I am currently a Research Fellow in the Centre for Vision, Speech and Signal Processing at the University of Surrey. I am interested in using computer vision and graphics techniques to facilitate volumetric video capture, reconstruction, editing and rendering from multiple camera systems for applications in film, broadcast and gaming. I also have a keen interest in Photography.
In 2016, I received a PhD from the University of Surrey supervised by Prof. Adrian Hilton and Prof. Graham Thomas (BBC R&D). My PhD introduced novel techniques to compactly represent multiple view video to allow efficient free-viewpoint rendering. During this time, I undertook an internship at the University of Southern California, Institute for Creative Technologies where I designed and built a photogrammetry scanning cage for rapid avatar creation, and a three month internship at BBC R&D integrating my PhD research into a WebGL-based renderer.
In 2011, I obtained an MEng in Electronic Engineering (Distinction) at the University of Surrey during which I spent a professional training year at Sony Broadcast and Professional Research Labs and a three month summer internship at the Intelligent Systems Research Laboratory University of Reading.
Areas of specialism
which uses input from a sparse set of inertial measurement
units (IMUs) along with images from two or more standard
video cameras and requires no optical markers or specialized
infra-red cameras. A real-time optimization-based
framework is proposed which incorporates constraints from
the IMUs, cameras and a prior pose model. The combination
of video and IMU data allows the full 6-DOF motion to
be recovered including axial rotation of limbs and drift-free
global position. The approach was tested using both indoor
and outdoor captured data. The results demonstrate the effectiveness
of the approach for tracking a wide range of human
motion in real time in unconstrained indoor/outdoor
fidelity volumetric reconstructions of human performance to be captured
from multi-view video comprising only a small set of camera views. Our
method yields similar end-to-end reconstruction error to that of a prob-
abilistic visual hull computed using significantly more (double or more)
viewpoints. We use a deep prior implicitly learned by the autoencoder
trained over a dataset of view-ablated multi-view video footage of a wide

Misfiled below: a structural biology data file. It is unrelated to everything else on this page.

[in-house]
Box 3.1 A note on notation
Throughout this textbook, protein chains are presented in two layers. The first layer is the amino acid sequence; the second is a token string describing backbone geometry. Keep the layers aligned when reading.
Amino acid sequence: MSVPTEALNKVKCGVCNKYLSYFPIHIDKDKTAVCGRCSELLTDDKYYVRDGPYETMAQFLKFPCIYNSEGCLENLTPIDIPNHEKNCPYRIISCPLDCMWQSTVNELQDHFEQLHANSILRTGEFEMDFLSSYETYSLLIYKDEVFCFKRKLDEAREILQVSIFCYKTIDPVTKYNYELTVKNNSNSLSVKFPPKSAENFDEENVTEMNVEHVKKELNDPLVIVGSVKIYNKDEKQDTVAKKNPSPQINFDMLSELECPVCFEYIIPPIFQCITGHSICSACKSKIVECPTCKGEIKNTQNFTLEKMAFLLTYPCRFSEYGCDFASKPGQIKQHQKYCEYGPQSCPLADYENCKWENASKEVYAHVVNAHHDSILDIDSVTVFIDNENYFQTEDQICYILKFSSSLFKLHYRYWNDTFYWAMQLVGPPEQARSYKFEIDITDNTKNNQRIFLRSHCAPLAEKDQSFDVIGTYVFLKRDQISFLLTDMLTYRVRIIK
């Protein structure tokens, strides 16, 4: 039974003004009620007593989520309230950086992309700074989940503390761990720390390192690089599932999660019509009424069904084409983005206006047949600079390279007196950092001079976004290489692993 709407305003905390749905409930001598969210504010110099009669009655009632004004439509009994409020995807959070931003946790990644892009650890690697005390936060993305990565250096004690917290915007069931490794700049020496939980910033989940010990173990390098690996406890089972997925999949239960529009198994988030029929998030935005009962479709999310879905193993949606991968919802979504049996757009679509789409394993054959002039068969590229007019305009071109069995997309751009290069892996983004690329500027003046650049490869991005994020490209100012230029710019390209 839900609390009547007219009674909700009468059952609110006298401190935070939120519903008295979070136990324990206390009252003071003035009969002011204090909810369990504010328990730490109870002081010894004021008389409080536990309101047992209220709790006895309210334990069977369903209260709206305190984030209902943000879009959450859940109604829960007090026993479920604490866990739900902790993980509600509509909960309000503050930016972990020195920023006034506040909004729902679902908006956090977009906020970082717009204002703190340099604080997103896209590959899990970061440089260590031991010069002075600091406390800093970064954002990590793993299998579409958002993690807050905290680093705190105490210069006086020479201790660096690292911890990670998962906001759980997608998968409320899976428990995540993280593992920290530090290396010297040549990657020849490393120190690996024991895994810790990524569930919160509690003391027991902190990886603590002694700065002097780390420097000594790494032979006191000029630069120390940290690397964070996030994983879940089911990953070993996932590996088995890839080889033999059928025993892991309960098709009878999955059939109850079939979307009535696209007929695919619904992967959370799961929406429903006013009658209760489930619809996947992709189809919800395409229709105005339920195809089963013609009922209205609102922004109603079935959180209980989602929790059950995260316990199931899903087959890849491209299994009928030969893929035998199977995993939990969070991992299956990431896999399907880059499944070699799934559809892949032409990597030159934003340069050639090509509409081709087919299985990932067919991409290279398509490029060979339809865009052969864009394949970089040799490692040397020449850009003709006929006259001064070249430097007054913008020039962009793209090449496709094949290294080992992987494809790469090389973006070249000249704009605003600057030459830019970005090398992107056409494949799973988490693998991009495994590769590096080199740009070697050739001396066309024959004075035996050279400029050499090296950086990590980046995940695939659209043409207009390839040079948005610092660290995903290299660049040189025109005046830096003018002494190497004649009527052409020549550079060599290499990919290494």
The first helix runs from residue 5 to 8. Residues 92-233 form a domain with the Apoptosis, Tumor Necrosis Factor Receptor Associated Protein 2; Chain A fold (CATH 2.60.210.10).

range of subjects and actions. This opens up the possibility of high-end
volumetric performance capture in on-set and prosumer scenarios where
time or cost prohibit a high witness camera count.
augmented reality applications to increase realism and immersion.
However, existing light-field methods are generally
limited to static scenes due to the requirement to acquire
a dense scene representation. The large amount of
data and the absence of methods to infer temporal coherence
pose major challenges in storage, compression and
editing compared to conventional video. In this paper, we
propose the first method to extract a spatio-temporally coherent
light-field video representation. A novel method to
obtain Epipolar Plane Images (EPIs) from a spare lightfield
camera array is proposed. EPIs are used to constrain
scene flow estimation to obtain 4D temporally coherent representations
of dynamic light-fields. Temporal coherence is
achieved on a variety of light-field datasets. Evaluation of
the proposed light-field scene flow against existing multiview
dense correspondence approaches demonstrates a significant
improvement in accuracy of temporal coherence.
that can be delivered via the Internet and interactively controlled
in a WebGL enabled web-browser. Four-dimensional performance
capture is used to capture realistic human motion and appearance.
The captured data is processed into efficient and compact
representations for geometry and texture. Motions are analysed
against a high-level, user-defined motion graph and suitable
inter- and intra-motion transitions are identified. This processed
data is stored on a webserver and downloaded by a client application
is used to manage the state of the character which responds to user
input and sends required frames to a WebGL-based renderer for
display. Through the efficient geometry, texture and motion graph
representations, a game character capable of performing a range of
motions can be represented in 40-50 MB of data. This highlights
the potential use of four-dimensional performance capture for creating
web-based content. Datasets are made available for further
research and an online demo is provided.
(HSDSR) approach to generate temporally consistent
meshes from multiple view video of human subjects.
2D pose detections from multiple view video are used to
estimate 3D skeletal pose on a per-frame basis. The 3D
pose is embedded into a 3D surface reconstruction allowing
any frame to be reposed into the shape from any other
frame in the captured sequence. Skeletal motion transfer
is performed by selecting a reference frame from the surface
reconstruction data and reposing it to match the pose
estimation of other frames in a sequence. This allows an
initial coarse alignment to be performed prior to refinement
by a patch-based non-rigid mesh deformation. The
proposed approach overcomes limitations of previous work
by reposing a reference mesh to match the pose of a target
mesh reconstruction, providing a closer starting point
for further non-rigid mesh deformation. It is shown that the
proposed approach is able to achieve comparable results to
existing model-based and model-free approaches. Finally,
it is demonstrated that this framework provides an intuitive
way for artists and animators to edit volumetric video.